The new GM can’t wait to shape his roster through free agency and the college draft. No wonder he can’t with 13 picks in the next lottery, including five in the first two rounds and six selections in the top 65, not to mention nearly $100 million in salary cap space.

“Any personnel guy worth his weight would be excited,” said Dorsey, who paid tribute to his predecessor. “I’m not going to lie to you. I think Sashi (Brown) did a nice job of creating some draft picks and some cap space, but I’m excited. This is an opportunity not many personnel guys would pass up.”

Browns fans should feel a lot more comfortable with Dorsey calling the shots this time for the Browns in the draft room than Brown, whose knowledge of football is, trying to be kind here, marginal.

“We are going to roll up our sleeves, check our egos at the door and go to work every day to go back to the AFC North,” said the new GM.

Dorsey was more cautious when asked whether he could be a success in his new job. “I know I can do my job with the best of my peers in the National Football League,” he said. “Two, I know I’m going to sit here and work and do everything my God-given ability has given me and I will try to do it. It won’t be from lack of work and lack of preparation.”

Dorsey’s chief objective with what most likely will be the top pick in the draft again will be to once and for all identify and then select the club’s quarterback of the future.

Haslam made it clear that is what he expects from his new hire. “We’re going to do whatever it takes to find the quarterback we need to be successful,” he said. “That will be John’s No. 1 priority.”

Dorsey’s reputation as a sagacious drafter bodes well for the future of this franchise. “This is a quarterback-driven league,” he said. "We all know that and we all know to succeed and go a little bit further and further and further, you need one of those guys.” He declined to go into specifics, but acknowledged it “is not a bad class.”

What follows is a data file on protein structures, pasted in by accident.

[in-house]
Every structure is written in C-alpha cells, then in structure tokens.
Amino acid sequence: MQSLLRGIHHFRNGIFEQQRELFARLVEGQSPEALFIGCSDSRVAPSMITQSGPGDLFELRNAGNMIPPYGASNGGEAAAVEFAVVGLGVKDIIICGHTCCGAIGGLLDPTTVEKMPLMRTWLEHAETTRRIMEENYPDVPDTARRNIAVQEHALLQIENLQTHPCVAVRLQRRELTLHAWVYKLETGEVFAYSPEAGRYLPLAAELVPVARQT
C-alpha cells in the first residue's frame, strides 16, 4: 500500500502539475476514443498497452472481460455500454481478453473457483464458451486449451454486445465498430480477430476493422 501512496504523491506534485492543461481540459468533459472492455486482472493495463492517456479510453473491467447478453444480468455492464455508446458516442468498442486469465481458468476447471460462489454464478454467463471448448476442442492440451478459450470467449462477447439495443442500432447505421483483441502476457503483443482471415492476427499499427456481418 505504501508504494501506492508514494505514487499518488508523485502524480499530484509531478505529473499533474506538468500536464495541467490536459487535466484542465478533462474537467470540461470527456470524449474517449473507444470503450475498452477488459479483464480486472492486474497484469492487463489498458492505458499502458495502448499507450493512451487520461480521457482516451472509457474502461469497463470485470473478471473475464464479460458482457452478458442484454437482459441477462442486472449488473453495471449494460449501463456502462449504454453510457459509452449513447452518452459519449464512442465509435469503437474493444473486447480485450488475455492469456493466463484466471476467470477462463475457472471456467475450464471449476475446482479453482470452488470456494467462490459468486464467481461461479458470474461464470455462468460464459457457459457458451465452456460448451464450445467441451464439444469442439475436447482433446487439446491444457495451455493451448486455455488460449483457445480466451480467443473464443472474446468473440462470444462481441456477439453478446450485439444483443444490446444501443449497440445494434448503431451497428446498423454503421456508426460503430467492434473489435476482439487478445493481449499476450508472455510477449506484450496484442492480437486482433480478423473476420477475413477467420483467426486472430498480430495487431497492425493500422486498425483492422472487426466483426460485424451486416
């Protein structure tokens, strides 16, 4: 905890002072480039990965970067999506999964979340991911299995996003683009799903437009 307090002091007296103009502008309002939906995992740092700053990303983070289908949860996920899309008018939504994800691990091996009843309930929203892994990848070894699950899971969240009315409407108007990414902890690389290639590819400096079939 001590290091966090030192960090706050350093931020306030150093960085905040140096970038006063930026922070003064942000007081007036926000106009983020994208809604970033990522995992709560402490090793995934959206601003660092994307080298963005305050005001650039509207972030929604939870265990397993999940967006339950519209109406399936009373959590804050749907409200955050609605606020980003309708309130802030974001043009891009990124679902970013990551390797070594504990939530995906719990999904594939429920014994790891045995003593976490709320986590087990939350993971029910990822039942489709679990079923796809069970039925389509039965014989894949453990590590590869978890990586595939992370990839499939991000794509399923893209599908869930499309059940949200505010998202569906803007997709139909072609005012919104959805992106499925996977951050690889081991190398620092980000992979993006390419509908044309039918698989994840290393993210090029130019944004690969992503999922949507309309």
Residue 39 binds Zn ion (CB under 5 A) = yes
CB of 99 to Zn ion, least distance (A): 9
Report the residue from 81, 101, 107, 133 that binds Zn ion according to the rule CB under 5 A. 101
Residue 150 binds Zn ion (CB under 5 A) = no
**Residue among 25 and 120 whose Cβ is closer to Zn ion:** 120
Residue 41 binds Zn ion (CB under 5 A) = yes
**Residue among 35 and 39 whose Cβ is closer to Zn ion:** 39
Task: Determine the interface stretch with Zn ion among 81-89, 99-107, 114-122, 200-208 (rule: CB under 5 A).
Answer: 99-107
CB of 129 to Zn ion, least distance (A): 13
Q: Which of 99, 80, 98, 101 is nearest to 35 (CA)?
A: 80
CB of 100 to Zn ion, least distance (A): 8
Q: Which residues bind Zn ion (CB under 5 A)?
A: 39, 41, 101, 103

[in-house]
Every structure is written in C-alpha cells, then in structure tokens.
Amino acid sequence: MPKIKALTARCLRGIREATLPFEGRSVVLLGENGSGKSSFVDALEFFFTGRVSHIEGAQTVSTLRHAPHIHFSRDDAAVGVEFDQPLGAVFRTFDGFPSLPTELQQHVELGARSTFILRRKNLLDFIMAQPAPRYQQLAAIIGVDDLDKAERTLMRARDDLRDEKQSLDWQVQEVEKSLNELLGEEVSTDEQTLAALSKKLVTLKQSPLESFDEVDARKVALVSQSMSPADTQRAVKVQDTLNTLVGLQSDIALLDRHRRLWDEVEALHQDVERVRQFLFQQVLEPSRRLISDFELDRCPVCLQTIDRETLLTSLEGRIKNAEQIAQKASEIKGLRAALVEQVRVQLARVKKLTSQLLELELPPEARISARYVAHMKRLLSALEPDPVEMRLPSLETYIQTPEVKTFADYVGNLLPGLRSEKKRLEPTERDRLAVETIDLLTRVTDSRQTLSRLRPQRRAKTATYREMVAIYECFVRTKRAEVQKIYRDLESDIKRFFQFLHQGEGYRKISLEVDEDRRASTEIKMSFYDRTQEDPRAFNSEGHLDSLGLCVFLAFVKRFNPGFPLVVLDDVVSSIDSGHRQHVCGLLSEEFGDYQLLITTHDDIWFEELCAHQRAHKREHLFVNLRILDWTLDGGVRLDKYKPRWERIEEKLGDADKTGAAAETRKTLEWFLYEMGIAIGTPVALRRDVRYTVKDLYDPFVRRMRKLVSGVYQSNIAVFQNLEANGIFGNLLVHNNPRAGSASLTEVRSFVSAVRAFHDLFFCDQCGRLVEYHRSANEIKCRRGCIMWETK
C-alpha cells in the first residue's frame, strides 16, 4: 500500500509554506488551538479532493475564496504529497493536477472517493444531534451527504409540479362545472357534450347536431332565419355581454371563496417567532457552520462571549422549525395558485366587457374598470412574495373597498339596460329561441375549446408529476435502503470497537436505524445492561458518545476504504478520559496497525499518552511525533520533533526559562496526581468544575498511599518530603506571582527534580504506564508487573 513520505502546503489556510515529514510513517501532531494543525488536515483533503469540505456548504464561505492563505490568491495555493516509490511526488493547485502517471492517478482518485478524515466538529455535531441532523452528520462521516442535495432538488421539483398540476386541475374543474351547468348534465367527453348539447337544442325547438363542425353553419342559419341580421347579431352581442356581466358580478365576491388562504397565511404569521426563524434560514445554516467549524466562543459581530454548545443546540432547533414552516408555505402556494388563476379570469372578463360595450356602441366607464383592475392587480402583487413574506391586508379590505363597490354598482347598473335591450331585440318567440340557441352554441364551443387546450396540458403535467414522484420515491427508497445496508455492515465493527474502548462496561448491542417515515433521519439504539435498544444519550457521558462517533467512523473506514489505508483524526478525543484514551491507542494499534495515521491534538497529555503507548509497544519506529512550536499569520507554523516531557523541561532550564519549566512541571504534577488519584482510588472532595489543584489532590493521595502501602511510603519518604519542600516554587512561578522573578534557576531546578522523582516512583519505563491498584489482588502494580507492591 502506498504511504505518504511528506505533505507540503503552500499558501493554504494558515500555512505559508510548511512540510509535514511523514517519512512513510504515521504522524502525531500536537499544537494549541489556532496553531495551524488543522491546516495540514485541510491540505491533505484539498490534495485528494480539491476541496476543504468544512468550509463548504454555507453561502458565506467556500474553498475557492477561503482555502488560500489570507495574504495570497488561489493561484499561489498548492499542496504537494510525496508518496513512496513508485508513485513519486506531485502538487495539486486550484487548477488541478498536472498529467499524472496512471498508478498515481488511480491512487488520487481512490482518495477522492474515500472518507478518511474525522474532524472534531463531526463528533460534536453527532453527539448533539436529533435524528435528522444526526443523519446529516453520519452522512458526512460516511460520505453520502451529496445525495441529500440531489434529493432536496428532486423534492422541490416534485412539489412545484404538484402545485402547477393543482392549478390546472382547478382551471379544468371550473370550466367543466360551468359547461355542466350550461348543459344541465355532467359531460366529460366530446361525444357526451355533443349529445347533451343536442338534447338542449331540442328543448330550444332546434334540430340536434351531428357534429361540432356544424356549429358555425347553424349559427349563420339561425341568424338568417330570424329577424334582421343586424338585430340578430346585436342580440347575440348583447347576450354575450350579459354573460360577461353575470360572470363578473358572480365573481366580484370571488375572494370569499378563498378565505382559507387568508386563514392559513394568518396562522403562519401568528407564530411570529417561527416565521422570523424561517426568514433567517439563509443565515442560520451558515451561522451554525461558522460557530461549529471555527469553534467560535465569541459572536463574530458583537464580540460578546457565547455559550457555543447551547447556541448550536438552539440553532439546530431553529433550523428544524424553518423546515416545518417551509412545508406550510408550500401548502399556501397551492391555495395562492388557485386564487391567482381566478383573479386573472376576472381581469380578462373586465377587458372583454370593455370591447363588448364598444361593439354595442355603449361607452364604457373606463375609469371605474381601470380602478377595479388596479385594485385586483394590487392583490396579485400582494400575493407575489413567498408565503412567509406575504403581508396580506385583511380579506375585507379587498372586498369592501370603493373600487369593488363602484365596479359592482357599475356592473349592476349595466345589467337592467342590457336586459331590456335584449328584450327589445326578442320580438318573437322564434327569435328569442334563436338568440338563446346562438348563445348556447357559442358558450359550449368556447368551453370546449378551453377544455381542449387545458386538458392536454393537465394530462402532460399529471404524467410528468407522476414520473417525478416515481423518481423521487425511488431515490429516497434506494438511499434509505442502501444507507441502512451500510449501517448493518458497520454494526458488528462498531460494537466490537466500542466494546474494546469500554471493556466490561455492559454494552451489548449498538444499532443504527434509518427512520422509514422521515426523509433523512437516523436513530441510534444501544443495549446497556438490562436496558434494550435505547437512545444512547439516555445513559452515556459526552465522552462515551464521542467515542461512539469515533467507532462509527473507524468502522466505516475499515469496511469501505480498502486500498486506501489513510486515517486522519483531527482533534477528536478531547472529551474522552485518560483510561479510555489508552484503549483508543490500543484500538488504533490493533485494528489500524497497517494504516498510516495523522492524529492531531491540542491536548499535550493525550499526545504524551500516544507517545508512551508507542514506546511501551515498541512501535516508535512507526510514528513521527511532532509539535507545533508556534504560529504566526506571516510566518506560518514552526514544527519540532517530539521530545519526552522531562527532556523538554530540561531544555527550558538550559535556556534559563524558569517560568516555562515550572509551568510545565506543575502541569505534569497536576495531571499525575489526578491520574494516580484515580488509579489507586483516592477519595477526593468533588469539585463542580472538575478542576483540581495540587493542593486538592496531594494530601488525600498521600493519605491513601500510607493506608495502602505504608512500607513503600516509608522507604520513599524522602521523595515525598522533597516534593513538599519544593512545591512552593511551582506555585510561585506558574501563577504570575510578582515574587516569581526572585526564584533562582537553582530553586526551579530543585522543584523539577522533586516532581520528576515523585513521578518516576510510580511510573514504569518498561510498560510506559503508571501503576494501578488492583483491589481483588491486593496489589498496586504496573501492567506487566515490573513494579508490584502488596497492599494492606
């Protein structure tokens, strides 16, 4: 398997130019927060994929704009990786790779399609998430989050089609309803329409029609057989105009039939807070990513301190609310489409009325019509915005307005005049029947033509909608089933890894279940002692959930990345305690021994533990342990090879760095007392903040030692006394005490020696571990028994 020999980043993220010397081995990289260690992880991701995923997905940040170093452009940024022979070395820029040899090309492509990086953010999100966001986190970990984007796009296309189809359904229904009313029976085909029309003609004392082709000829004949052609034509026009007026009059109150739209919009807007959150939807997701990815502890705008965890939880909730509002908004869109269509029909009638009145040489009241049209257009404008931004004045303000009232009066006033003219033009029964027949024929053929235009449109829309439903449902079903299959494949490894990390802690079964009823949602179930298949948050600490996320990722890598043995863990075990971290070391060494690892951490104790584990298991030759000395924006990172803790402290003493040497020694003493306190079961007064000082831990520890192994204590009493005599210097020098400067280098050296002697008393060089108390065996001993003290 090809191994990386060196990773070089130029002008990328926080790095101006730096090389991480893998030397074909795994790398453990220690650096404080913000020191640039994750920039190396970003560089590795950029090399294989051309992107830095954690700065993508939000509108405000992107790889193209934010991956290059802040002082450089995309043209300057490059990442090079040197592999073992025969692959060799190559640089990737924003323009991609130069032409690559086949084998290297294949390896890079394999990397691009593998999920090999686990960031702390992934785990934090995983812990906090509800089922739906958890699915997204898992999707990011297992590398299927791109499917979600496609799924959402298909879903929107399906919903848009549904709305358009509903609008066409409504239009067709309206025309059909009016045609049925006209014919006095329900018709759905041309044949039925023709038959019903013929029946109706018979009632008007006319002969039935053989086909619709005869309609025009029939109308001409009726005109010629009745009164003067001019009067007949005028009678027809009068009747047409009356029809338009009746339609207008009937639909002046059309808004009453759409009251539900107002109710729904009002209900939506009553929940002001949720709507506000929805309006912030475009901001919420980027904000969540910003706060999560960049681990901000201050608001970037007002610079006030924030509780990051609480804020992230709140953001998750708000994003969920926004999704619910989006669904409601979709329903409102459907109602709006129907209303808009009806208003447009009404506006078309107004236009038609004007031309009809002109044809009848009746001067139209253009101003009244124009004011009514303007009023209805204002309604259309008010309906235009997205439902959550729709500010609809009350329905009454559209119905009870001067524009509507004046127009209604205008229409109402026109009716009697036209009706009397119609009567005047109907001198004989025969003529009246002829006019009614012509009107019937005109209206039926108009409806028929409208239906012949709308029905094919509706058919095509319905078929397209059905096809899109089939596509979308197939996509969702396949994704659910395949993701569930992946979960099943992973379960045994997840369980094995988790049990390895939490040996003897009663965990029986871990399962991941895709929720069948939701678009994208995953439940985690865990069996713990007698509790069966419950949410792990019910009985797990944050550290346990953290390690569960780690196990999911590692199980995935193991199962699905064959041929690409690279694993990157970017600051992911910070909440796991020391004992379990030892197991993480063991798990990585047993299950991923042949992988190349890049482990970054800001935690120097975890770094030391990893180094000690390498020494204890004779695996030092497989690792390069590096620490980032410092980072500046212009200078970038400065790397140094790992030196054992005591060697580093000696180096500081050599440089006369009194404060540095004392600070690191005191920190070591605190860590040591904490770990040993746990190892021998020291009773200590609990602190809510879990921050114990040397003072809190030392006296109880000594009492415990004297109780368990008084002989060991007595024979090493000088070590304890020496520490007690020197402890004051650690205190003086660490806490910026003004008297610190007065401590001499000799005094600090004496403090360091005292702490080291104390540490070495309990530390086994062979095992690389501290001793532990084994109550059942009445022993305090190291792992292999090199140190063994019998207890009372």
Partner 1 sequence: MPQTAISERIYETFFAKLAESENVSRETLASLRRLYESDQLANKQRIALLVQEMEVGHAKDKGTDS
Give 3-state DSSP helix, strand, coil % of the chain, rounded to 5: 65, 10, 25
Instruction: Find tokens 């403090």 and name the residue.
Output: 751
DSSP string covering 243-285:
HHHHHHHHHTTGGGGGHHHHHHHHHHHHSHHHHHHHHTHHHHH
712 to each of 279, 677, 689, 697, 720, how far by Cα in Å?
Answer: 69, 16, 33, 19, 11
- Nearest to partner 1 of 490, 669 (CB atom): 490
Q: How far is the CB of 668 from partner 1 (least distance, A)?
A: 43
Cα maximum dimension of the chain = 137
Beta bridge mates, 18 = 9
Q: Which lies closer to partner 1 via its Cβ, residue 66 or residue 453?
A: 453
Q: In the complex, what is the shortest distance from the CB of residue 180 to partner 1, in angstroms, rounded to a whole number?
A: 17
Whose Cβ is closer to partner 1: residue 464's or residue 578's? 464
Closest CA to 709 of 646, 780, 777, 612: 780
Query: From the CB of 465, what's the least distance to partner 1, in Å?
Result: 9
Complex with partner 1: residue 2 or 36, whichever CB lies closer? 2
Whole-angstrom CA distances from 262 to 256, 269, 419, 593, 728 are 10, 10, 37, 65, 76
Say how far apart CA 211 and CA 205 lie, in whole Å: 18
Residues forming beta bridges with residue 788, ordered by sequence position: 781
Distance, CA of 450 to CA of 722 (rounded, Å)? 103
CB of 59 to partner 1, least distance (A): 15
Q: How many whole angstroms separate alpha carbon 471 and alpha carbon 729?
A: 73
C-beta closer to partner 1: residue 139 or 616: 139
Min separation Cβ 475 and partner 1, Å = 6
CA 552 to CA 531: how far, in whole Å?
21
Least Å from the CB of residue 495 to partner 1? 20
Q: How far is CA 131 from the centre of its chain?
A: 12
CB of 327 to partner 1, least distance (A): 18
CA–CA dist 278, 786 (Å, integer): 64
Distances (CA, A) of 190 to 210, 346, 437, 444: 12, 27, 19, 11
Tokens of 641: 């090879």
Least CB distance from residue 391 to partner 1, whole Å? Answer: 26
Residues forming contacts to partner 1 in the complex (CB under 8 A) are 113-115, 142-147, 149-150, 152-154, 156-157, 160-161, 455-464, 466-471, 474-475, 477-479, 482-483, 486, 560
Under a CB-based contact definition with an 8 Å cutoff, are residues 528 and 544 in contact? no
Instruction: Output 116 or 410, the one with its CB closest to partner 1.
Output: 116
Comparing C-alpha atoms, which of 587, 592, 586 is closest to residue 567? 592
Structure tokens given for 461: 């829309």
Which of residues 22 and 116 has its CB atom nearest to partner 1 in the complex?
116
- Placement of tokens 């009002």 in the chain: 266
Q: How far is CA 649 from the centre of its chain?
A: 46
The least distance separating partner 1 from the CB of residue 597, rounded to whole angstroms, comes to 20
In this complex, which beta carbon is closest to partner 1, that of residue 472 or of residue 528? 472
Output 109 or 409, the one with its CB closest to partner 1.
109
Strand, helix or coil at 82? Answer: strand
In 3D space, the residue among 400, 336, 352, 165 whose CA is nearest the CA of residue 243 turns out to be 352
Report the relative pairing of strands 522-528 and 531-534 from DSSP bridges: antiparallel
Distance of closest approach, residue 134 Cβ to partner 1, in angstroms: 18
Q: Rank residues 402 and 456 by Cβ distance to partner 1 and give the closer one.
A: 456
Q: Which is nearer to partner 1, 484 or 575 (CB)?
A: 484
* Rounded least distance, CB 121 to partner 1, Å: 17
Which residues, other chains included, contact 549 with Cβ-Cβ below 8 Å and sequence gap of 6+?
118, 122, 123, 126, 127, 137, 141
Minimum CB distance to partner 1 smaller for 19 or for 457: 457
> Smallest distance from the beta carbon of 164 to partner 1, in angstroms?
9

He surprisingly complimented the current winless team. “I like the roster,” he said, “and I like that the roster will be developing more and more in ’18 and ’19. And I look forward to acquiring some other players as well to sustain that. The objective is to make the roster as competitive as you can from the bottom up.”

An interesting take on where he finds strength on the 53-man roster, figuring you’re only as strong as your weakest link, a philosophy not shared by his numerous predecessors.

He said he also “likes” Browns rookie quarterback DeShone Kizer, having scouted him for last season’s draft when he was with the Chiefs. However, he later mentioned accuracy is one of the chief attributes he looks for in quarterbacks. Accuracy has never been one of Kizer’s major attributes.

Dorsey hedged and then dodged when asked where he thinks the Browns will be in five years. “I’m the eternal optimist,” he said. “I believe there’s a goal for everybody. I believe there’s good in every organization. I believe the Cleveland Browns this weekend are going to win (against Green Bay at home Sunday).”

He then hauled out the bromides. “All I can tell you is we’re going to give it our best effort,” he said. “We’re going to try to reestablish some position in the AFC North.”

Bottom line on Dorsey based on first impressions: He is exactly the kind of general;manager this team needs. He knows what it takes to transform a struggling franchise into one that is, at its worst, competitive.

The man knows the whys and wherefores of the NFL, having spent nearly a quarter century honing his craft. What he accomplished in Kansas City is merely a glimpse of what he can bring to what is currently the most wayward and dysfunctional franchise in the NFL.

There is nowhere to go but up. Dorsey has fallen into a great gig and he knows it. He is the correct hire, finally, by Haslam, whose track record in this area has been abysmal until now.